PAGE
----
From John Hussman:
It will come as no surprise that market conditions remain of great concern here. As always, but particularly now, it’s important to stress that our defensiveness is a reflection of prevailing, observable evidence and the alignment of our investment views with the average outcome of such evidence across similar instances over the course of history. The consistency of negative outcomes also worsens the expected return/risk ratio presently. A defensive stance here does not require any particular forecast about recession, profit margins, bubble/crash dynamics, QE, European banking strains, or any of the numerous risks in the economic and financial backdrop. All of these factors are worthy of discussion in their own right. Still, our approach is always to align our investment stance with the average return/risk profile that is associated with a given set of market conditions, placing heavy weight on valuations, market action (e.g. trend-following factors, market internals, measures of overextension, price/volume behavior), as well as monetary factors, sentiment, economic measures and other considerations. See Aligning Market Exposure with the Expected Return/Risk Profilefor a review of this general approach.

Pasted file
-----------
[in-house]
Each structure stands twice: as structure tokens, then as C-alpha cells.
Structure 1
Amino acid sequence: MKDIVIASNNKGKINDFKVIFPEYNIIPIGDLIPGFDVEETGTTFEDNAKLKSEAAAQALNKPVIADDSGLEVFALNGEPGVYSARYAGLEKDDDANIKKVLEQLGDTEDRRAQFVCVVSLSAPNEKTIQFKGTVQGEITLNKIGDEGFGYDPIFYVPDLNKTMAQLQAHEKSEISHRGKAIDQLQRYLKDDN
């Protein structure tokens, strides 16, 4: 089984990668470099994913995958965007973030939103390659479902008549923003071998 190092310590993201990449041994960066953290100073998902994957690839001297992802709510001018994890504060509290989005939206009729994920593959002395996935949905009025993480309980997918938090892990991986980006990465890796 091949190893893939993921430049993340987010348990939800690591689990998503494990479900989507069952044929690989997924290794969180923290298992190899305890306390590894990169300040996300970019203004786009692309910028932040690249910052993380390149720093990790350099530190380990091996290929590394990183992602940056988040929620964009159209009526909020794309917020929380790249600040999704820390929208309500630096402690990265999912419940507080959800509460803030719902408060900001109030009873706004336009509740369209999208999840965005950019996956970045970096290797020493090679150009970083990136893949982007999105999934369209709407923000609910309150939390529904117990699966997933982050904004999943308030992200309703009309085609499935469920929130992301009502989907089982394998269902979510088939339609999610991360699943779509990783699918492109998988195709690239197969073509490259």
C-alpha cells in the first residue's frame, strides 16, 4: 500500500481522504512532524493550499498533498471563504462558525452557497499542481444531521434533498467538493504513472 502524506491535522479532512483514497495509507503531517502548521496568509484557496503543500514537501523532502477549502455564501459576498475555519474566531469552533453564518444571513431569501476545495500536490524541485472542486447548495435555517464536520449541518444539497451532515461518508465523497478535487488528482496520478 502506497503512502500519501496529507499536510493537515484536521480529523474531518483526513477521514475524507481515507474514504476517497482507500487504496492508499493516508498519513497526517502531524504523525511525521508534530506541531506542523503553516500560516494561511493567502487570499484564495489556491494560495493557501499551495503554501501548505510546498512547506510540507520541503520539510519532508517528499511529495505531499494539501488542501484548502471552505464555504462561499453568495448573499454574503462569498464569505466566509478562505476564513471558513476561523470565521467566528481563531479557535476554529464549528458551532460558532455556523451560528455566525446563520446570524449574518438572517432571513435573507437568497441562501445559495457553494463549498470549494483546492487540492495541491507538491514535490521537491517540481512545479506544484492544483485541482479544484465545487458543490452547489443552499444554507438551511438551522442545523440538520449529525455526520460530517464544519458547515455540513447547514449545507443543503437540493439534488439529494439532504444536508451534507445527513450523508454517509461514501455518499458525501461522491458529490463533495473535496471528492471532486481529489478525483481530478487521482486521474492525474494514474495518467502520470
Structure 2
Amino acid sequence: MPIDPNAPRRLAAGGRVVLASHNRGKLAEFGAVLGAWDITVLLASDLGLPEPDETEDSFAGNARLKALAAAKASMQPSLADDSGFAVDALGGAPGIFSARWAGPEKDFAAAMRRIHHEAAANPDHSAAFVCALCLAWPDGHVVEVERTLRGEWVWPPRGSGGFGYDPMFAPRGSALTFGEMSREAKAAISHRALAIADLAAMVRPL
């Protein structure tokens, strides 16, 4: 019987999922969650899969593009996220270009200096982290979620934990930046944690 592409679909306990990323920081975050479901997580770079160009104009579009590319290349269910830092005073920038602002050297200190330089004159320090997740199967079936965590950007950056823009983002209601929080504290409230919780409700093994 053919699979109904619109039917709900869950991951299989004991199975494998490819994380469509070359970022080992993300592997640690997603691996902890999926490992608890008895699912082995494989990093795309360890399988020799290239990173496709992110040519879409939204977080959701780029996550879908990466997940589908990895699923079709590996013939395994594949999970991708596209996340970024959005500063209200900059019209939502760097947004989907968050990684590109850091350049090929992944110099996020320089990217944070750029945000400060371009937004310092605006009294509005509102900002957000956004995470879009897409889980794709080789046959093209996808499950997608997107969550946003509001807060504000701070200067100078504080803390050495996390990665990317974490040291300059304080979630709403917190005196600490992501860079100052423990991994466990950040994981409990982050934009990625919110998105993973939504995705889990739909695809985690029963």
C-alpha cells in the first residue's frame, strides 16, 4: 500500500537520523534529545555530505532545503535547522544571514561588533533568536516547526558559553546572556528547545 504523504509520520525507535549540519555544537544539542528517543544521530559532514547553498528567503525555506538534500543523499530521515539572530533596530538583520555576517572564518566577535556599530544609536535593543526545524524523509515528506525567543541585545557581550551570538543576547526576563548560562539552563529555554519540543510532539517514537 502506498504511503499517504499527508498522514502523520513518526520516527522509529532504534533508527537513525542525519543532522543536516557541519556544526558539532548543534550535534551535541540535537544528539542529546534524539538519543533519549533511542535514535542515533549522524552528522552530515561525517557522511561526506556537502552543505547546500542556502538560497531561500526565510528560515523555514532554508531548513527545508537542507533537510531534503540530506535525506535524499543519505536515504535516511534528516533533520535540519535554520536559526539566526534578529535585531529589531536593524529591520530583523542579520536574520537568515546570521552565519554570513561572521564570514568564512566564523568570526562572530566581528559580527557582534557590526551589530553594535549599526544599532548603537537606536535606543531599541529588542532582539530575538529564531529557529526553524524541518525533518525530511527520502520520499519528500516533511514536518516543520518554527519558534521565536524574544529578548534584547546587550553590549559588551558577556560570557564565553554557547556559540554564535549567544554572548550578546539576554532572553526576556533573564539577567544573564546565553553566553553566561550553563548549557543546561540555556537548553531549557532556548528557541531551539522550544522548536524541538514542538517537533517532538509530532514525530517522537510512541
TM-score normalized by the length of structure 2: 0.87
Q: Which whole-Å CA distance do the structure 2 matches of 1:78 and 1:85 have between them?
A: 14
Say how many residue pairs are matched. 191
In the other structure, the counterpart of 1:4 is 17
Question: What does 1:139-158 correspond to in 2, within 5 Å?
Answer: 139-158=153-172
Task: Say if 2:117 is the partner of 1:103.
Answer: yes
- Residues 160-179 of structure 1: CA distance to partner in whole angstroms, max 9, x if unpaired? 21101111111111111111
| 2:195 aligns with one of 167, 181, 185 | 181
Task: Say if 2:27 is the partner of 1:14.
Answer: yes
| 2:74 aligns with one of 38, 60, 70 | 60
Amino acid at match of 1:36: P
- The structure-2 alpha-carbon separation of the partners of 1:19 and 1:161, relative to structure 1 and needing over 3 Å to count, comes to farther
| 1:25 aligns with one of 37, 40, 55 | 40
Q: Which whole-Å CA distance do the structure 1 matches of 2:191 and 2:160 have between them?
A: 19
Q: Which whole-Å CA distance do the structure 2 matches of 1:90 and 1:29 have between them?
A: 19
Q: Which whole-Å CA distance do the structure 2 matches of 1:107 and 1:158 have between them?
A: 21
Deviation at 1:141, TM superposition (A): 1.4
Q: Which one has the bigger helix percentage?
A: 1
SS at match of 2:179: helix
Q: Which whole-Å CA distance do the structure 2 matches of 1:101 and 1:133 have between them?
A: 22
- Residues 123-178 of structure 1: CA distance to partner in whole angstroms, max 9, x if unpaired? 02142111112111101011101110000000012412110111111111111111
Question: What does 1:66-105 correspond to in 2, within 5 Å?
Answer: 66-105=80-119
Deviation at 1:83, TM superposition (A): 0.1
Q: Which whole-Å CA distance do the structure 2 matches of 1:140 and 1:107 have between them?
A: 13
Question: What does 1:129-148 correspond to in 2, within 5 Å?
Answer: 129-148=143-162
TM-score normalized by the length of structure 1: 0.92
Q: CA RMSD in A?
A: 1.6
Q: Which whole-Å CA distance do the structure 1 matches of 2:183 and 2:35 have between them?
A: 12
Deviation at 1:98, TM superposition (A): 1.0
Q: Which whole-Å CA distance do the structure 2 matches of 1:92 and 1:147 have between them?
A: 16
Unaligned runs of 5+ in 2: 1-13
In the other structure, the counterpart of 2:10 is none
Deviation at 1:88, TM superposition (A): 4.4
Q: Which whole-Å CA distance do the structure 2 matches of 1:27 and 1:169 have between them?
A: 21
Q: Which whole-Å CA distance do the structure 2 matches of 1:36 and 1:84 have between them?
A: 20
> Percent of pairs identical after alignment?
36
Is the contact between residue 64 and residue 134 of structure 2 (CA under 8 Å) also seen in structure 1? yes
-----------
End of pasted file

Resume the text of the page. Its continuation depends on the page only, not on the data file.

My concerns here are not based on a forecast about any particular event in this specific instance. It is based on an ensemble of observable factors that can be tested and validated across numerous independent samples of market history over time, and the average profile of market return and risk produced by instances that share the same central features. Every instance matching the present one oncentral features (which in this case include the 1929 peak, the late-1972 euphoria as gold-linked monetary policy was abandoned, the 1987 pre-crash peak, the 2000 peak of the tech bubble, and the 2007 peak of the credit bubble) has also had other features that never before and will never again be observed in exactly the same way. That’s the reason for validating those central features against numerous independent samples of history. In some respects, this time is always different. But on the central features that have regularly been associated with the worst market outcomes – namely the acute syndrome of overvalued, overbought, and overbullish conditions that we presently observe – this time has never been different.
From John Hussman: